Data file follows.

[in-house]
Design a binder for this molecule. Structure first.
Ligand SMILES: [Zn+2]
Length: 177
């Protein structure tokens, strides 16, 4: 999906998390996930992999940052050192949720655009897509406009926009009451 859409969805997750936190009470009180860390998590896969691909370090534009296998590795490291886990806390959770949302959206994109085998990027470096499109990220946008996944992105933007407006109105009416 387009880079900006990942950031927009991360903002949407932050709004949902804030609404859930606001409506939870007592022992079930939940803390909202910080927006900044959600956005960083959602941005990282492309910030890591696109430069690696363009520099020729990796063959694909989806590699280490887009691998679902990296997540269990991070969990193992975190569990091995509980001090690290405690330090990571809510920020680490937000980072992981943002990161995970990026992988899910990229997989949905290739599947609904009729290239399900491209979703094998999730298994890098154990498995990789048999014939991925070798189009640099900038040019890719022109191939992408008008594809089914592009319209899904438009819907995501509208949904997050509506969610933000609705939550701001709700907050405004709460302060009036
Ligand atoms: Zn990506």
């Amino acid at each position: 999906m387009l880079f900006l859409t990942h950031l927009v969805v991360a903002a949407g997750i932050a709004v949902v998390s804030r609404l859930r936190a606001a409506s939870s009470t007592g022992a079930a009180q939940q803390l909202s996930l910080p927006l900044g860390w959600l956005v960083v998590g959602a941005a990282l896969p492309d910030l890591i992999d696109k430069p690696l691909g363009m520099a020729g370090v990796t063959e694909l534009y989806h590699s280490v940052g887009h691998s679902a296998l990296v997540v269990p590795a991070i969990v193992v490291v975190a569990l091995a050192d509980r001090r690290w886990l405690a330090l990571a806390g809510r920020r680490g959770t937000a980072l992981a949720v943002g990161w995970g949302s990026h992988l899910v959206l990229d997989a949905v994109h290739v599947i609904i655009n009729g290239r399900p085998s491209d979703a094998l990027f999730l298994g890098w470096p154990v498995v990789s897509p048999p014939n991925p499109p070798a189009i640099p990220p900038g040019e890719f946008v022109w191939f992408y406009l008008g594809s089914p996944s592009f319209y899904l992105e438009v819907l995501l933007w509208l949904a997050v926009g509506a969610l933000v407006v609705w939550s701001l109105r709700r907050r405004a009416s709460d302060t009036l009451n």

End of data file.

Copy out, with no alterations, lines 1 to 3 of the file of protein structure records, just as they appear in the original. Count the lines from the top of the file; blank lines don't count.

[in-house]
Design a binder for this molecule. Structure first.
Ligand SMILES: [Zn+2]